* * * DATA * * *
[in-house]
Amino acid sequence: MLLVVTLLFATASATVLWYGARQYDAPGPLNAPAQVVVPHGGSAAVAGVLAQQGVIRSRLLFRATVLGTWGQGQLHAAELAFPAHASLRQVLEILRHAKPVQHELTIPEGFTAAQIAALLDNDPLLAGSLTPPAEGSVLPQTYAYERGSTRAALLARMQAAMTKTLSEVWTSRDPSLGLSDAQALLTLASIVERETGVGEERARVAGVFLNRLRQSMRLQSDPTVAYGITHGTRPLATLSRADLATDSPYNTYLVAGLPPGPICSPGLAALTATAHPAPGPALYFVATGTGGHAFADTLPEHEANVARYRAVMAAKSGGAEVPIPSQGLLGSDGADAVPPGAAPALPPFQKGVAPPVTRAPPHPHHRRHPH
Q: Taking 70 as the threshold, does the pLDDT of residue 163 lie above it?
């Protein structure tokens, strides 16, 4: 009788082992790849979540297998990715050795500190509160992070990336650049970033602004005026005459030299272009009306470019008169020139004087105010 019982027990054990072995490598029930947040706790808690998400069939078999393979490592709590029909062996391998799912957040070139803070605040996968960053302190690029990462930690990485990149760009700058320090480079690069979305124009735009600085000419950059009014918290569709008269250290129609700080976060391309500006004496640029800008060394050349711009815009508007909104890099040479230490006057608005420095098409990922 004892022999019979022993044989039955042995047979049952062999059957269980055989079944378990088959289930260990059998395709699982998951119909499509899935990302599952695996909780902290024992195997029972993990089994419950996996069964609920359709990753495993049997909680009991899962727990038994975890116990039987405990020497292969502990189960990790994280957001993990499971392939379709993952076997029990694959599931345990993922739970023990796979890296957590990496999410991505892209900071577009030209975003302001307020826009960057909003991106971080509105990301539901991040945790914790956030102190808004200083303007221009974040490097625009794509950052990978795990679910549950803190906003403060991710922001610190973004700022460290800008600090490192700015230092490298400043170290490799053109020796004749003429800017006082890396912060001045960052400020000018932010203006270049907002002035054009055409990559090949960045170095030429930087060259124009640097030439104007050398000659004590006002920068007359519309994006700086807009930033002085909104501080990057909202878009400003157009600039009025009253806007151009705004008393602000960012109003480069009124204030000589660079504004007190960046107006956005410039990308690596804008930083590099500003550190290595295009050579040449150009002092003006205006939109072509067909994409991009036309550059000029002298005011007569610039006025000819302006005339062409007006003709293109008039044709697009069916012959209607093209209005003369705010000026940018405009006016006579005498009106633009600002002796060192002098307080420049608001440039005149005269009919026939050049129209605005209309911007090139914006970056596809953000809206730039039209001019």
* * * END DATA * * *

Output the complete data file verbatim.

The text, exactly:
[in-house]
Amino acid sequence: MLLVVTLLFATASATVLWYGARQYDAPGPLNAPAQVVVPHGGSAAVAGVLAQQGVIRSRLLFRATVLGTWGQGQLHAAELAFPAHASLRQVLEILRHAKPVQHELTIPEGFTAAQIAALLDNDPLLAGSLTPPAEGSVLPQTYAYERGSTRAALLARMQAAMTKTLSEVWTSRDPSLGLSDAQALLTLASIVERETGVGEERARVAGVFLNRLRQSMRLQSDPTVAYGITHGTRPLATLSRADLATDSPYNTYLVAGLPPGPICSPGLAALTATAHPAPGPALYFVATGTGGHAFADTLPEHEANVARYRAVMAAKSGGAEVPIPSQGLLGSDGADAVPPGAAPALPPFQKGVAPPVTRAPPHPHHRRHPH
Q: Taking 70 as the threshold, does the pLDDT of residue 163 lie above it?
């Protein structure tokens, strides 16, 4: 009788082992790849979540297998990715050795500190509160992070990336650049970033602004005026005459030299272009009306470019008169020139004087105010 019982027990054990072995490598029930947040706790808690998400069939078999393979490592709590029909062996391998799912957040070139803070605040996968960053302190690029990462930690990485990149760009700058320090480079690069979305124009735009600085000419950059009014918290569709008269250290129609700080976060391309500006004496640029800008060394050349711009815009508007909104890099040479230490006057608005420095098409990922 004892022999019979022993044989039955042995047979049952062999059957269980055989079944378990088959289930260990059998395709699982998951119909499509899935990302599952695996909780902290024992195997029972993990089994419950996996069964609920359709990753495993049997909680009991899962727990038994975890116990039987405990020497292969502990189960990790994280957001993990499971392939379709993952076997029990694959599931345990993922739970023990796979890296957590990496999410991505892209900071577009030209975003302001307020826009960057909003991106971080509105990301539901991040945790914790956030102190808004200083303007221009974040490097625009794509950052990978795990679910549950803190906003403060991710922001610190973004700022460290800008600090490192700015230092490298400043170290490799053109020796004749003429800017006082890396912060001045960052400020000018932010203006270049907002002035054009055409990559090949960045170095030429930087060259124009640097030439104007050398000659004590006002920068007359519309994006700086807009930033002085909104501080990057909202878009400003157009600039009025009253806007151009705004008393602000960012109003480069009124204030000589660079504004007190960046107006956005410039990308690596804008930083590099500003550190290595295009050579040449150009002092003006205006939109072509067909994409991009036309550059000029002298005011007569610039006025000819302006005339062409007006003709293109008039044709697009069916012959209607093209209005003369705010000026940018405009006016006579005498009106633009600002002796060192002098307080420049608001440039005149005269009919026939050049129209605005209309911007090139914006970056596809953000809206730039039209001019």